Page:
President Obama holds a solid lead among registered voters, but is in a virtual dead heat with Mitt Romney among likely voters, according to a new poll. The poll also suggests voters are warming to Romney personally.
In the CNN survey released Friday, Obama leads Romney by 2 points among likely voters in the, 49 percent to Romney's 47 percent. That's a big difference from the much wider pool of registered voters -- where Obama leads Romney 52 percent to 43 percent.
"Likely voters have traditionally been a more Republican group in past elections because they tend to turn out in higher numbers than Democrats, and 2012 looks like it is no exception. This explains why the margin between President Obama and Mitt Romney is smaller among likely voters," says CNN Polling Director Keating Holland. "But it is a mistake to say that the race has tightened in the past few weeks, given the lack of movement in the results for registered voters."
In an election, it all comes down to turnout, and that's what a likely voter model is all about. The more enthusiastic you are about voting, the likelier you are to actually vote in November. According to the poll, 35% of registered Republicans questioned say they are extremely enthusiastic about voting, six points higher than the 29% of Democrats who feel the same way.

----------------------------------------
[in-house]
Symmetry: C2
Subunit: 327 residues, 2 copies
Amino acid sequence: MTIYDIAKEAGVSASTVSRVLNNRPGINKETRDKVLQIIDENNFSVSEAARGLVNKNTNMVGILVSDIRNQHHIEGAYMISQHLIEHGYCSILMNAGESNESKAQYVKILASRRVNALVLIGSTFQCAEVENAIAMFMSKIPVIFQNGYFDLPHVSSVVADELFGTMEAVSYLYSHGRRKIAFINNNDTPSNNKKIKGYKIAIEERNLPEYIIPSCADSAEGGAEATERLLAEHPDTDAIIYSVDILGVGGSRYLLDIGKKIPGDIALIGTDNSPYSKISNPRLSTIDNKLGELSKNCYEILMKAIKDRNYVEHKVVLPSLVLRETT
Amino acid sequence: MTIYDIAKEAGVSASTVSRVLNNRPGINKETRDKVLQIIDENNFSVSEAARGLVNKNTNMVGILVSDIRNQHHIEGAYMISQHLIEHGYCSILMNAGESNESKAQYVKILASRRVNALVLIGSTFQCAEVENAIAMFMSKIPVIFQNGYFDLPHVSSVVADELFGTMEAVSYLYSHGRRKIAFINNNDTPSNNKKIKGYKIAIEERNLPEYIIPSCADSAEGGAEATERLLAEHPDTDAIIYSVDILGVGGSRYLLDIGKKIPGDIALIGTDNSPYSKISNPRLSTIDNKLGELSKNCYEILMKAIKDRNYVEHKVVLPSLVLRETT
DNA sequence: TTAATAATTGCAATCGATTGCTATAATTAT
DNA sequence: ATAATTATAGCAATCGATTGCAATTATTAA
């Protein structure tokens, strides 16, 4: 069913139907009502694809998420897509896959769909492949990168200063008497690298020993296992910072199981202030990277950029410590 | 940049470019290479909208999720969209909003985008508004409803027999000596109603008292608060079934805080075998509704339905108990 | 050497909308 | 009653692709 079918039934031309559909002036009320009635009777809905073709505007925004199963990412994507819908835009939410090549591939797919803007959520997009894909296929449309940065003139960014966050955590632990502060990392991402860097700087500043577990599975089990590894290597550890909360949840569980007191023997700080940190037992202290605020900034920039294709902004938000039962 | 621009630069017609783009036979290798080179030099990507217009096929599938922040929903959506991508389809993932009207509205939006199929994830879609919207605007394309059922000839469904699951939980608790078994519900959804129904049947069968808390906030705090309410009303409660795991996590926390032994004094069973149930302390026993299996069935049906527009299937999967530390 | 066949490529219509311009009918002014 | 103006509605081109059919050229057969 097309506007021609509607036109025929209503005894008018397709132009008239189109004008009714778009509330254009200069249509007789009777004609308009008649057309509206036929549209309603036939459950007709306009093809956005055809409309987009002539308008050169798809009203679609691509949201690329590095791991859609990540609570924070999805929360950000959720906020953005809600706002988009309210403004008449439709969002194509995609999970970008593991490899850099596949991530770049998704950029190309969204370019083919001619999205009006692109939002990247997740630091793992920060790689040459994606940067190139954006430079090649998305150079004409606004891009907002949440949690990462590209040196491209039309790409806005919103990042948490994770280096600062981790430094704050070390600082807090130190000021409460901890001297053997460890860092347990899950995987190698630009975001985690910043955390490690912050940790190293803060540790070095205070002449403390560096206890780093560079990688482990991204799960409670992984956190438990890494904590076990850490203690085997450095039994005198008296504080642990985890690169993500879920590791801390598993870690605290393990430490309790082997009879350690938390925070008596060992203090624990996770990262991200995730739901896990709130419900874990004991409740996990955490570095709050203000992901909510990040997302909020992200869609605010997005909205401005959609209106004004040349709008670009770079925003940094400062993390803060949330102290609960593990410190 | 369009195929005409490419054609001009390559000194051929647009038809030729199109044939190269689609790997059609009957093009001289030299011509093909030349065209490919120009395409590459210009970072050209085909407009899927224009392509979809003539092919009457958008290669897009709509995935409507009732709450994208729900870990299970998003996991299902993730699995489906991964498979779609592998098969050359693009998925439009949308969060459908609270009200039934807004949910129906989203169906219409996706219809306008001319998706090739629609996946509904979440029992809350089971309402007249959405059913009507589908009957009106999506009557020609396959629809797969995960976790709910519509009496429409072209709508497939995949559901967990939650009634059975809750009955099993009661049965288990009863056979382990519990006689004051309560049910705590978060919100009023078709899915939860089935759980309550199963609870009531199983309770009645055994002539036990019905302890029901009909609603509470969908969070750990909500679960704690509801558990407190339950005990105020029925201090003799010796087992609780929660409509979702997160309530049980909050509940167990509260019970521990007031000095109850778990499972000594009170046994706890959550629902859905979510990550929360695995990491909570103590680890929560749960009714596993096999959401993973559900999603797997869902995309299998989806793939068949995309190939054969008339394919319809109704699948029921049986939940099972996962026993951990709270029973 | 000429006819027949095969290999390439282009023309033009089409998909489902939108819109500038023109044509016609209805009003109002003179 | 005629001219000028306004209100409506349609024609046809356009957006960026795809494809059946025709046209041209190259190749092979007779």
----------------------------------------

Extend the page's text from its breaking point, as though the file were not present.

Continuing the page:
The PollTracker Average (which takes the likely voter sample when available) shows Romney and Obama tied at 46.4 percent nationally.
Many pollsters have noted that Romney's favorability rating has been historically low for a major candidate at this point in the race, but the CNN numbers show it moving up. Among likely voters, 50 percent view the former governor favorably, versus 46 percent who see him unfavorably. That's an improvement from CNN's last rating, which showed Romney at 47 percent favorable to 48 percent unfavorable. A poll from Fox News released Thursday also showed Romney with a positive personal rating, 49 percent favorable and 44 percent unfavorable.
That also pushes Romney into positive territory in the PollTracker Average of his favorability rating.
While Romney's image has picked up, CNN said that the addition of Rep. Paul Ryan to the GOP ticket didn't make an enormous impact on the race. "From a historical perspective, Ryan ranks in the middle of the pack among recent vice presidential nominees," Holland told CNN.com. "He's not as well-received as Joe Biden or Dick Cheney initially were, but he's definitely not another Dan Quayle. Joe Lieberman is the running mate who put up numbers most like the ones Ryan now gets."
The CNN poll used an overall sample of 1,055 Americans interviewed by telephone (802 by landline and 253 via cell) conducted Aug. 22-23. Within that is sample of 924 registered voters with a margin of error that is 3 percent, and 719 likely voters with a sampling error of 3.5 percent.